Can Europeans make a breakthrough in Brazil?
In seven attempts, no European country has ever won a World Cup in the Americas, but that statistic will come under serious threat at this year's tournament in Brazil.
While teams have traditionally struggled in tournaments on foreign continents, the sport's increasing globalisation and advances in technology mean that playing at home is no longer the advantage it once was.
From a purely sporting perspective, the 13 teams from the UEFA confederation who head to Brazil will do so at a time of clear European dominance.
Three of the four semi-finalists at the 2010 World Cup were European and six of the last seven Club World Cups were won by European teams, with Brazilian side Corinthians' 2012 triumph over Chelsea the sole exception.
Meanwhile, although Argentine superstar Lionel Messi has dominated the FIFA Ballon d'Or in recent years, the last time another South American player finished on the podium was when Kaka received the award in 2007.
Messi is also an illustrative example of a South American player who has spent more time playing in Europe than on the continent where he was born.
The 26-year-old may be an extreme case, having left his homeland for Barcelona at the age of just 13, but his experience reflects a wider trend.
Whereas 21 of the 22 players in the Argentina squad that triumphed on home soil at the 1978 World Cup played their football in their home country, only five of the 30 names in Alejandro Sabella's provisional squad for the 2014 tournament could say the same.
As England manager Roy Hodgson observed earlier this year, the mass exportation of South American players to Europe means that they may not feel much more at home playing in Brazil than their European counterparts.
"South American teams are exporting all their players to Europe, so there's a certain European-ness about even the South American teams these days," Hodgson told the FIFA website.
"The Brazil team will probably have very few players in it that are actually playing in Brazil. The Uruguayans and the Argentinians probably don't have many that are playing there."
- Woodwork denied Holland -
Transportation is also a much less thorny factor than it was for the Europeans who travelled to the first World Cups to be held in South America -- in Uruguay in 1930, Brazil in 1950, and Chile in 1962.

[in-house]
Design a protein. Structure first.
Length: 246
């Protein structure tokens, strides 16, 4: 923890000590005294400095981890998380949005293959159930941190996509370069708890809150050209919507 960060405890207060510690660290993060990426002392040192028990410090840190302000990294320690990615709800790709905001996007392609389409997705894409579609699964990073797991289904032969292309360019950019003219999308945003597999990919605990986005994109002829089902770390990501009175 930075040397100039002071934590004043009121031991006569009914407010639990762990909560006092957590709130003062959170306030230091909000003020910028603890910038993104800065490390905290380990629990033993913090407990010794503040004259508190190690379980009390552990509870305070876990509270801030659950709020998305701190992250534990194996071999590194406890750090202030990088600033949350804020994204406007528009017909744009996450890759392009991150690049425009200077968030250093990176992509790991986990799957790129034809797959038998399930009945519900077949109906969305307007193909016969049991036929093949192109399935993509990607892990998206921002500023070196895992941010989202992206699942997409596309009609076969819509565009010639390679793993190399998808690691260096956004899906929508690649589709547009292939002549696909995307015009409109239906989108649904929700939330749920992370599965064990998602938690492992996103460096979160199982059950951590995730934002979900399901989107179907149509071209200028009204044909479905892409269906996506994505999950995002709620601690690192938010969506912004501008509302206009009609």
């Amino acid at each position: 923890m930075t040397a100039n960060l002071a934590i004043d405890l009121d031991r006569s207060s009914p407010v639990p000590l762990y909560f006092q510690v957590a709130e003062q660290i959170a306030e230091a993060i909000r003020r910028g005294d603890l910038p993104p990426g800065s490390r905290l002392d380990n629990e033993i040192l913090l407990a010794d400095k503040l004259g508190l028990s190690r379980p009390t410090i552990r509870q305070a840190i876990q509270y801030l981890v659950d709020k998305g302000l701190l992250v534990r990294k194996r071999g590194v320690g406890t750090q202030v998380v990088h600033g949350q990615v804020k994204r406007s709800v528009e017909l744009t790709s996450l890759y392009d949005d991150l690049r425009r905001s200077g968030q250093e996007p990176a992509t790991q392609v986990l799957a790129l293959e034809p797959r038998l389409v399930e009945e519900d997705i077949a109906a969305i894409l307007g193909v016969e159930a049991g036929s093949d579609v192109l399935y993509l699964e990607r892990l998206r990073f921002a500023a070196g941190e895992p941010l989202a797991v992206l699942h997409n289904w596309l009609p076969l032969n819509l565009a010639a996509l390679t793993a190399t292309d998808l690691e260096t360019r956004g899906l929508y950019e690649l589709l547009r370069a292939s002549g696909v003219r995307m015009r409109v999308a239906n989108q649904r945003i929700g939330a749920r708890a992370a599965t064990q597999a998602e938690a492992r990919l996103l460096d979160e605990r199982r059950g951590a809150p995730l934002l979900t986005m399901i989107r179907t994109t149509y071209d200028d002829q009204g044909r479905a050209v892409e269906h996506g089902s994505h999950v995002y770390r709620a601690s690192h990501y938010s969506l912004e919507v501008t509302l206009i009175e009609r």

Whereas the four European teams who contested the first World Cup in Uruguay had to cross the Atlantic by boat, many of the players competing in Brazil this year will arrive in executive comfort aboard luxurious jets.
Warm-weather training will help the non-South American teams to adapt to Brazil's climactic conditions and while humidity will be an issue in several host cities, temperatures will largely be akin to a warm European summer.
Furthermore, European teams have already come close to enjoying success in previous World Cups in the Americas.
Czechoslovakia took the lead against hosts Brazil in the 1962 final, only to lose 3-1, and Argentina required an 84th-minute Jorge Burruchaga goal to see off West Germany in the 1986 final in Mexico.
Dutch midfielder Rob Rensenbrink, meanwhile, would have given the Netherlands the trophy in 1978 had his shot not hit the post in injury time of the final against hosts Argentina in Buenos Aires.
Instead the Argentines took the game to extra time before winning 3-1, leaving Rensenbrink to reflect: "If the trajectory of my shot had been five centimetres different, we would have been world champions."
The presence of figures from Argentina's military junta inside the Estadio Monumental helped to create an atmosphere that felt thick with intimidation for the Dutch players, but there again, Brazil will be different.
Despite the threat of a repeat of last year's protests against corruption and the cost of organising the tournament, Brazil's tightly policed new stadiums are likely to be monuments to comfort and security.
The European teams can expect to feel right at home.
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